The need for teachers to discuss sexism, misogyny, heteronormativity, and homophobia is a pressing concern amongst educators committed to equity and justice. This self-study, part of a larger year-long inquiry, examines my role in facilitating a Freirean-modeled culture circle amongst high school teachers in a suburban district in Northeastern United States. As a feminist educator, I include gender and sexuality in my classes, but only informally discuss them with my colleagues. These conversations, I realized, held untapped potential. In this self-study, I set out to address the challenges posed by Martin (2014). He argued, “how vitally important it is to discuss gender and sexuality not only with students, but with educators as well. . . to actively promote dialogue that seeks to counter discursive gender assumptions” (p. 155). What would happen, I wondered, if I facilitated a more deliberate dialogue with colleagues about gender and sexuality?
I planned a radical collaboration based on Freire’s culture circles. A culture circle can describe any community that comes together to problem pose, dialogue, problem solve, and take action in iterative cycles based on issues arising in their lived experiences (Souto-Manning, 2010). Freire (1974) explained, “As men amplify their power to perceive and respond to suggestions and questions arising in their context, and increase their capacity to enter into dialogue not only with other men but with their world, they become ‘transitive’” (p. 14). Freire’s vision of transitive refers to becoming critically conscious of oppression and more active in the dismantling of that oppression. The concept and practice of dialogic circles may help us become transitive rather than passive by critically examining together how and when and in what ways we disrupt sexism, misogyny, heteronormativity, and homophobia in our classrooms and our school community. This self-study focuses on two dimensions of my experience:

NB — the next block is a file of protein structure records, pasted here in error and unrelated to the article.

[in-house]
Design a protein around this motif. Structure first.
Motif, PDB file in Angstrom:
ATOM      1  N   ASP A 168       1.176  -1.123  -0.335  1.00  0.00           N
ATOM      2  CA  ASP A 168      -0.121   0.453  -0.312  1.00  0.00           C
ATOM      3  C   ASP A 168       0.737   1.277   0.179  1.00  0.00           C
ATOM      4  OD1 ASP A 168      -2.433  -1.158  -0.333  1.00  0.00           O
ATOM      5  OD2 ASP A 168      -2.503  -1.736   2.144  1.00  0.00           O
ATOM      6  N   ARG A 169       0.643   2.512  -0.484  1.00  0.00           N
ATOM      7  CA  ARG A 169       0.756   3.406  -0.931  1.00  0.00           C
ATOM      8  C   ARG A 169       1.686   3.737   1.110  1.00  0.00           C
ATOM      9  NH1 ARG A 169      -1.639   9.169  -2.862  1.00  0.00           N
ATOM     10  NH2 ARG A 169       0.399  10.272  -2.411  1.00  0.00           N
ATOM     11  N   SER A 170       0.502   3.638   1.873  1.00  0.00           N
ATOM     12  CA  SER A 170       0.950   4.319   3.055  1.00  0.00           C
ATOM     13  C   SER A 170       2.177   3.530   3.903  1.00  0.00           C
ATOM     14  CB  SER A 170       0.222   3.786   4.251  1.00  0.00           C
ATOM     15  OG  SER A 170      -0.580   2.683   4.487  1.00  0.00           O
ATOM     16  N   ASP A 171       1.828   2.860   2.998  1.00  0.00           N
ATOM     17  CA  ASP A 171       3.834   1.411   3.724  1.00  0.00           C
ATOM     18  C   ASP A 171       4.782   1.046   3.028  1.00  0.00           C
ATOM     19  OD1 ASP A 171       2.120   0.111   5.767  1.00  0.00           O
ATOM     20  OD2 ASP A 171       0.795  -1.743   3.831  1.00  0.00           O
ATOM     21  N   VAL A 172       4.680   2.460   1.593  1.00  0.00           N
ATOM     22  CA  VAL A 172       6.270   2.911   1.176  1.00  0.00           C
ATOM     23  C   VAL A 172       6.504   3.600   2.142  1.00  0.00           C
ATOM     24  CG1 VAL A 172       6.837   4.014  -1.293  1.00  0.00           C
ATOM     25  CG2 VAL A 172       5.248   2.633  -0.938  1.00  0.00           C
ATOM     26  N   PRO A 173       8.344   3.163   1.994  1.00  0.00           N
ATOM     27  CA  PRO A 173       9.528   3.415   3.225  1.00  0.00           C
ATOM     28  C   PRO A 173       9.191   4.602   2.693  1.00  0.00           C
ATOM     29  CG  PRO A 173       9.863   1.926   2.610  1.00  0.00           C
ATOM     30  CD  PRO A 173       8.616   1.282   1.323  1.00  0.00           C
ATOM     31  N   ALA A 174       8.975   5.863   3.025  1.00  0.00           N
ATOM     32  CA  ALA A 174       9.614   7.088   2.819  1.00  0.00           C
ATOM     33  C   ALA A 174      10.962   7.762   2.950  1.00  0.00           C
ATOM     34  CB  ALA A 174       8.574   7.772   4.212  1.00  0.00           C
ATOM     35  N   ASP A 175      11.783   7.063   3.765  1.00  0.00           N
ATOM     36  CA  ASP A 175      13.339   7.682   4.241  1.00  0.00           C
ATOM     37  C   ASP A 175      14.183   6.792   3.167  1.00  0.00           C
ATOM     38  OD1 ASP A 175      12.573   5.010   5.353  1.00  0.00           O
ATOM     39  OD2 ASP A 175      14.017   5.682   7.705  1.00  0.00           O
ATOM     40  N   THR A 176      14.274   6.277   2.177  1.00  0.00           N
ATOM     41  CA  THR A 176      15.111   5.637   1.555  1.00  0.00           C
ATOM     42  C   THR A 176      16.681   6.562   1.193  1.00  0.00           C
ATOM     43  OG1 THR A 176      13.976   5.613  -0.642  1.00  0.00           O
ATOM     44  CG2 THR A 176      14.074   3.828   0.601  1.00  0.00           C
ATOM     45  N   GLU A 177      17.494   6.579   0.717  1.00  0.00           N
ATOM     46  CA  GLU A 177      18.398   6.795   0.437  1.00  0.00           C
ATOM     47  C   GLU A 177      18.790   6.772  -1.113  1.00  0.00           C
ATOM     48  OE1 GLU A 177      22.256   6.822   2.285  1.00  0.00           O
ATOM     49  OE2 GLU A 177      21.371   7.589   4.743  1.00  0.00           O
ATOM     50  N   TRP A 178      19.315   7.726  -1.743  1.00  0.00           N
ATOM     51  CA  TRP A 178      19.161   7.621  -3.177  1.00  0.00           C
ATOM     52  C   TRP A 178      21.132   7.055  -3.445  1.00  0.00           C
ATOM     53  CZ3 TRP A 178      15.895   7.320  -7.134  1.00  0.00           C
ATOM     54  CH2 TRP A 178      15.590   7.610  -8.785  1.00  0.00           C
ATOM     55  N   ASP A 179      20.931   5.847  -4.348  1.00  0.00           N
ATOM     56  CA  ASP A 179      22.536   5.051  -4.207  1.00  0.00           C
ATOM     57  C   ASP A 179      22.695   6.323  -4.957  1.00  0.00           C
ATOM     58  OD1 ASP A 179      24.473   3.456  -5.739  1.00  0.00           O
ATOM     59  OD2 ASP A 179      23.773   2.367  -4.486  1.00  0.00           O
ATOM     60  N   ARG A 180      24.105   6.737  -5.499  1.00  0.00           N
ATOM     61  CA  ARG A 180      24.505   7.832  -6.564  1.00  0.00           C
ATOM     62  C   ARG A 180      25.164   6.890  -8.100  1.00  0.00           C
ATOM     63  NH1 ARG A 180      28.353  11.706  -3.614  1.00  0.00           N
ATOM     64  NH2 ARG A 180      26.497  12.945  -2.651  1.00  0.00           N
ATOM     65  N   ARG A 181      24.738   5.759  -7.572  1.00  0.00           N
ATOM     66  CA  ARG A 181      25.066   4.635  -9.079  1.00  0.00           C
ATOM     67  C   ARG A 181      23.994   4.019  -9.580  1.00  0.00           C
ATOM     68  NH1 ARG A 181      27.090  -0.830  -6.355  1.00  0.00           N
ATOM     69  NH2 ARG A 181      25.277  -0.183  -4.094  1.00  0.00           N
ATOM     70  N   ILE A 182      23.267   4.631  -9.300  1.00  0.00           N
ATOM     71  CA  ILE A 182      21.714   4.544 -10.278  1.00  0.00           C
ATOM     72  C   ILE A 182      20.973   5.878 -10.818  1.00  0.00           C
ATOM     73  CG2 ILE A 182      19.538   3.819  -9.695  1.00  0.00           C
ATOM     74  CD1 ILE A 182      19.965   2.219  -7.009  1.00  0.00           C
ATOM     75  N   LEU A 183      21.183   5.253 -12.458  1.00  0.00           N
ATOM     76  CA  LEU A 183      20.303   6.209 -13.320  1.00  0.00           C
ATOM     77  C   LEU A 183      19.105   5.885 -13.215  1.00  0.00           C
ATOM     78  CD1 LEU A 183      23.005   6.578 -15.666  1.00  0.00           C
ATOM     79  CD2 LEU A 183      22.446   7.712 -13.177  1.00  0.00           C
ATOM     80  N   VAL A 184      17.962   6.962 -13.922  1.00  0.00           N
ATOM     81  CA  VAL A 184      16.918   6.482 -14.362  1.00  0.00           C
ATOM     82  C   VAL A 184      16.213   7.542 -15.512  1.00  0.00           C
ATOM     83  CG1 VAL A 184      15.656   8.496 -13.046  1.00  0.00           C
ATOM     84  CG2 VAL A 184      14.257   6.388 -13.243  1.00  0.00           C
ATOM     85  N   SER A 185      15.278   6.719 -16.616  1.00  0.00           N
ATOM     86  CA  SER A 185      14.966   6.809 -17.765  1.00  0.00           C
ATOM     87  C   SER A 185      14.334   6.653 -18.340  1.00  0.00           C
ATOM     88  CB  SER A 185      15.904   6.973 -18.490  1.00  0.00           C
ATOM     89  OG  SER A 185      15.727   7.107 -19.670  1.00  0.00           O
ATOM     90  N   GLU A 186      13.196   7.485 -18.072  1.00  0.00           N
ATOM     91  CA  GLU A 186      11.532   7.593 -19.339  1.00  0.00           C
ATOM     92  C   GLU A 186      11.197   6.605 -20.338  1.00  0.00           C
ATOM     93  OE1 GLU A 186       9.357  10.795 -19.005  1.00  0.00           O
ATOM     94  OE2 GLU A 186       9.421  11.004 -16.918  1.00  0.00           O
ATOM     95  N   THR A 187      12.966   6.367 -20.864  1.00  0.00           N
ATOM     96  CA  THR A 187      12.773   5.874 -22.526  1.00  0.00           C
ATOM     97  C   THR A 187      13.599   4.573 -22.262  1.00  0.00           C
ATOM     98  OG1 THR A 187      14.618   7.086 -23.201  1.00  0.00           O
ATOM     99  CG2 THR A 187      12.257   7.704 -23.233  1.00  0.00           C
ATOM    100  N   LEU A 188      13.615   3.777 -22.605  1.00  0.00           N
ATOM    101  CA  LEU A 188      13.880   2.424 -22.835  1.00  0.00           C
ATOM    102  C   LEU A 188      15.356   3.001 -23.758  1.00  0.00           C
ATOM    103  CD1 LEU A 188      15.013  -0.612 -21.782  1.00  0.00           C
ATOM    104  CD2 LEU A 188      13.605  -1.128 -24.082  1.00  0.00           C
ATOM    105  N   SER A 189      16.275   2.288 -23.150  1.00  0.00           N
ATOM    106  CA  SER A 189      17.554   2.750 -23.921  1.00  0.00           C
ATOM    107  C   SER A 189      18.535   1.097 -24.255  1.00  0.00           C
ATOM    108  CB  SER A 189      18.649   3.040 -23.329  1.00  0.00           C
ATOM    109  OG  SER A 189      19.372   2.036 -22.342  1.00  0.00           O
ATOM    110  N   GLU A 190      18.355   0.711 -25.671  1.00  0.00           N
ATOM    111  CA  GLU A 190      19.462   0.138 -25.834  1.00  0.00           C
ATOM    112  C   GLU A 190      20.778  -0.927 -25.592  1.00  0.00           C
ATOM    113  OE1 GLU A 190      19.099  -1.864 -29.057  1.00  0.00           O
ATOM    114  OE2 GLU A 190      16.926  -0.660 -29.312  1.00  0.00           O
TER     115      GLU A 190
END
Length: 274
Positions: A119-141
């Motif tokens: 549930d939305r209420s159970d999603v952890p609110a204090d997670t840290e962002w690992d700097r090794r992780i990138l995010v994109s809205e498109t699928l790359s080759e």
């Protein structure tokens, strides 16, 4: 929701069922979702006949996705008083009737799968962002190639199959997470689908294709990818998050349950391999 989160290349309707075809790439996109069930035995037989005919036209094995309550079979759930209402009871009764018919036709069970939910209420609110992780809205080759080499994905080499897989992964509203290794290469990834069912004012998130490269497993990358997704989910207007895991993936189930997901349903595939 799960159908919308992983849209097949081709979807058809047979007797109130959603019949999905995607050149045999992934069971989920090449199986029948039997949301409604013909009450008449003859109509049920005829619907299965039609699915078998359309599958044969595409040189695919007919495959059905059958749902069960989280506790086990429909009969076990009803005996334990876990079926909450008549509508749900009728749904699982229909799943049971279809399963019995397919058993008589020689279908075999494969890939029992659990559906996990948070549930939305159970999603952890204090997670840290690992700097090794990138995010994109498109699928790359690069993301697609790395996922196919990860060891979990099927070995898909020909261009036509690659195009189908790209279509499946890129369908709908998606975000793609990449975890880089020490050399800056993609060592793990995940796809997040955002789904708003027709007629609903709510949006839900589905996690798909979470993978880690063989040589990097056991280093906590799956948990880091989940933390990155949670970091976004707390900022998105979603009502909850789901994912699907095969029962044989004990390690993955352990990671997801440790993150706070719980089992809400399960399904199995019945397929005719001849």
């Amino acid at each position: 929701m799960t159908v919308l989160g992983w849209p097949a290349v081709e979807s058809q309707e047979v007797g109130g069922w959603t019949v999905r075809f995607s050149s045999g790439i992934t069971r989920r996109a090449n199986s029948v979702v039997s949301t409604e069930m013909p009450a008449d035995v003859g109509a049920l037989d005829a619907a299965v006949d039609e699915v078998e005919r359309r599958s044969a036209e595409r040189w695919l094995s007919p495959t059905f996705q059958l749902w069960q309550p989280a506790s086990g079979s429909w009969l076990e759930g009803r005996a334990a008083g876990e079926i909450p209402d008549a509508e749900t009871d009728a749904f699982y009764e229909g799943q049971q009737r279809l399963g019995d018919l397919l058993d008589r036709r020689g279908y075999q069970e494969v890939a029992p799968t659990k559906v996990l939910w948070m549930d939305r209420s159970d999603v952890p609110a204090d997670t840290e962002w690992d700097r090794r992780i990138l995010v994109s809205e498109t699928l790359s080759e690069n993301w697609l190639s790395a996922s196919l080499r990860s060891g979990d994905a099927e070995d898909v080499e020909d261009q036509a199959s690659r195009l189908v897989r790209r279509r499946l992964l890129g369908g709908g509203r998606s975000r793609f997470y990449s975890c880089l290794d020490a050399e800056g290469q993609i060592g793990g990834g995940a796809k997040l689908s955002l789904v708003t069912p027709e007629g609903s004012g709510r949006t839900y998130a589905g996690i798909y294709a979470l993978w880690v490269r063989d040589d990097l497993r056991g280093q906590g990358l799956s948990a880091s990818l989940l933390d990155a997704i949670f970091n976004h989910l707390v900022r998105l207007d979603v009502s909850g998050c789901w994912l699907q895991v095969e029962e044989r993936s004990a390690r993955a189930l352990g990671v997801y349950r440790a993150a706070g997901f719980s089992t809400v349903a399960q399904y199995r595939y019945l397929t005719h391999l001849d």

How does participating in a culture circle influence my approach to gender and sexuality in praxis?
How does queer theory influence my perception of what it means to lead and facilitate a culture circle on gender and sexuality?
Queer Theory and my Positionality